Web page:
Do Not Go Gentle…

…into that good night.  A poem read in high school that stayed with me…

Do not go gentle into that good night,
Old age should burn and rave at close of day;
Rage, rage against the dying of the light.

Though wise men at their end know dark is right,
Because their words had forked no lightning they
Do not go gentle into that good night.

Good men, the last wave by, crying how bright
Their frail deeds might have danced in a green bay,
Rage, rage against the dying of the light.

Wild men who caught and sang the sun in flight,
And learn, too late, they grieved it on its way,
Do not go gentle into that good night.

Grave men, near death, who see with blinding sight
Blind eyes could blaze like meteors and be gay,
Rage, rage against the dying of the light.

And you, my father, there on the sad height,
Curse, bless, me now with your fierce tears, I pray.
Do not go gentle into that good night.
Rage, rage against the dying of the light.

Dylan Thomas (1914~1953)

The thought of growing old when in my teens seemed a remote possibility.  Almost as much as the thought of once again being young seeming even more unbelievable.  But in age I ponder how to use the time left…to do it wisely, wildly?  To strike out on new adventures or continue in a comfortable rut or find a middle ground.

Thomas’s poem seems to want the aging to rage and fight against the final night.  But the passion should be more about pushing one’s creative limits with a blinding passion that re-ignites love of life and all that make it worthwhile.  Yes, anger is an emotion – strong one.  But it is also a destroyer, not a creator.  And I choose the passion of creating.  In my case creating stories visually.

While I doubt that I can ever truly lay down my camera, I seem to use it less and less on on a day to day basis.  But I still love the art and craft of storytelling and seem to be seguing more and more into discussion and demonstration – not so much in the learn/teach mode as share and explore.  My visualization is moving from the nuts and bolts of wide, medium, close-up to a sense of light…dark…motion…feeling.  A sequence of emotions that join together in an attempt to communicate.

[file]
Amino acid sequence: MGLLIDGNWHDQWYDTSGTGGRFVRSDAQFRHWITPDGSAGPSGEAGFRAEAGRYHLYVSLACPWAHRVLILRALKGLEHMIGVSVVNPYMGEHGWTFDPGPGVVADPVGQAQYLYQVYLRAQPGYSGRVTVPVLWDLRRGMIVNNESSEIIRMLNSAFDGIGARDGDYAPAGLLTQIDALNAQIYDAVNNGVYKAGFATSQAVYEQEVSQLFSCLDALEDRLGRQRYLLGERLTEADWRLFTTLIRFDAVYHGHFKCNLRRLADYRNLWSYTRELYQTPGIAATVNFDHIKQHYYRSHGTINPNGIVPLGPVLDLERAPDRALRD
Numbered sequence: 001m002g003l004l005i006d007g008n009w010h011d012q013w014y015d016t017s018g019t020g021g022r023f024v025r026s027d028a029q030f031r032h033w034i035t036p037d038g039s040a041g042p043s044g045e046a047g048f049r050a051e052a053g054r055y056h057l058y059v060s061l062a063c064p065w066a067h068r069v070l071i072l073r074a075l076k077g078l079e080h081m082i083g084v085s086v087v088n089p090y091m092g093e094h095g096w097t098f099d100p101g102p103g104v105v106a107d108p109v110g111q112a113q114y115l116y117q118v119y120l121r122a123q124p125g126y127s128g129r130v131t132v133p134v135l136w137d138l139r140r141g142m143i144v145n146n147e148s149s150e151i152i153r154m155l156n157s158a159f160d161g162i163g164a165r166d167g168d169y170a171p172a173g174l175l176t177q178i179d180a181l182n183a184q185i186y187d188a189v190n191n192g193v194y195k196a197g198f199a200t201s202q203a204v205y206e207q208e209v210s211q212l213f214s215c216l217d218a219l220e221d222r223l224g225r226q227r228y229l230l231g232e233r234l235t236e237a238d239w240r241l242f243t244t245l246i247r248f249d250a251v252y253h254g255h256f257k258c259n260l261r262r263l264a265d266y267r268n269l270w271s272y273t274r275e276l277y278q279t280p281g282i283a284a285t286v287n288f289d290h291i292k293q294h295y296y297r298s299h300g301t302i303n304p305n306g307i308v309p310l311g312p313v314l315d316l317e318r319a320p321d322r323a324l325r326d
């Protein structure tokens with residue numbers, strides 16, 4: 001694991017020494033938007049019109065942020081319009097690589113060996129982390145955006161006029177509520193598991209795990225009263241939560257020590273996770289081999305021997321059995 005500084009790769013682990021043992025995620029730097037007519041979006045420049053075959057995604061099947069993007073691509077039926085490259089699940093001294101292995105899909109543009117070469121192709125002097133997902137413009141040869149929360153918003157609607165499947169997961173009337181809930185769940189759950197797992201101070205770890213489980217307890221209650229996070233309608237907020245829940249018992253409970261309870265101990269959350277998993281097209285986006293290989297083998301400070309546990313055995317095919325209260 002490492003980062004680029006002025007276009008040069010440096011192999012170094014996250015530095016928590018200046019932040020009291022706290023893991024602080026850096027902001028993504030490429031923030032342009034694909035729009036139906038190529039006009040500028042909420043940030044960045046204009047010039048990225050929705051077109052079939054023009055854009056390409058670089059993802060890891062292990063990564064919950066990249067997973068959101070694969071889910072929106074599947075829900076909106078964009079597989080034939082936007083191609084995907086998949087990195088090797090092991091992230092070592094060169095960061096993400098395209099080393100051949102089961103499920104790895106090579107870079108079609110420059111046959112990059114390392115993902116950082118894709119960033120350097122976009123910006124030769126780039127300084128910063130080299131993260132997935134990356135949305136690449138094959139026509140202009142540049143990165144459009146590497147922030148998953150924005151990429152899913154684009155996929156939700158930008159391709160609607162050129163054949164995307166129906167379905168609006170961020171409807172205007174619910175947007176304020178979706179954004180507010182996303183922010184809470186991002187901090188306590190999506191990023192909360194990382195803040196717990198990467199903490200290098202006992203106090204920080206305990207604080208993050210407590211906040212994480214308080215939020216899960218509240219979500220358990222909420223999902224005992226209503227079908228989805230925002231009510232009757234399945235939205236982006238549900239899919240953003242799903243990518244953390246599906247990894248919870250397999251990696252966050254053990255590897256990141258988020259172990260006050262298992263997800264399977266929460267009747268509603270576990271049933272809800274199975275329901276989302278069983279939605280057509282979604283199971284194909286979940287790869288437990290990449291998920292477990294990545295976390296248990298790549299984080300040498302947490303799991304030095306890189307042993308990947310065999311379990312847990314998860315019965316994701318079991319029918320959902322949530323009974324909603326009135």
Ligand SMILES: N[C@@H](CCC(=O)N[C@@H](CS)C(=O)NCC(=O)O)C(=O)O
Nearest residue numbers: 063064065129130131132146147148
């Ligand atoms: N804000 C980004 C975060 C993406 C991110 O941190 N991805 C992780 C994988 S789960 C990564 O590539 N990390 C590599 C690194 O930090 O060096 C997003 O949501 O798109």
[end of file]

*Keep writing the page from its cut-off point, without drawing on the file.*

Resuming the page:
I have something new to play with at a pace more suited to my age and abilities that will still allow exploration of the world and its inhabitants and my first loves.  Seeing and communicating what I see so that others may share the vision.


So what do you talk about on a road trip?

The usual…gossip about common acquaintances, family, food, work.

But then we got into words and (is this for real?) definitions. Shades of Craig Prosser! He and I used to cruise the byways playing word games. But Newell and me?

When do you call this a brook, a creek, or a stream?  (or a river for that matter)
When do you call this a brook, a creek, or a stream? (or a river for that matter)

It all began when we were shooting at Woods Lake. There was a meandering stream…forget the name, but it was a creek. I wondered why it wasn’t called a brook. So now we have three terms that all seem to mean the same. Small flowing water.

That nibbled at our brains off and on all throughout the trip. Here are the answers, from my (antiquated) Random House Dictionary of the English Language.

Brook – a small natural stream of fresh water
Creek – a watercourse or channel in a coastal marsh
Stream – a body of water flowing to a watercourse such as a river, rivulet, or brook
River – a natural stream of water of a fairly large size flowing in a definite course or channel

Interesting, but not quite specific enough for me, so online I found this link, which made more sense.

a stream is smaller than a river, a creek is smaller than a stream but larger than a brook; stream, brook, creek, and rivulet are applied interchangeably to any small river

Finally…I have reference points and can visualize. I’m not the only one who wonders – my bout of curiousity was preceded by this blog.

Hey, that’s what it’s all about. If you mis-use the terms boat and ship around someone who knows, be prepared to be corrected. Don’t ever say you are filming (around me) if you are using a tape or tapeless camera. Be specific, know what you are writing about. Words are bullets – using the right words properly helps you target and hit your audience.

Create a free website or blog at

Up ↑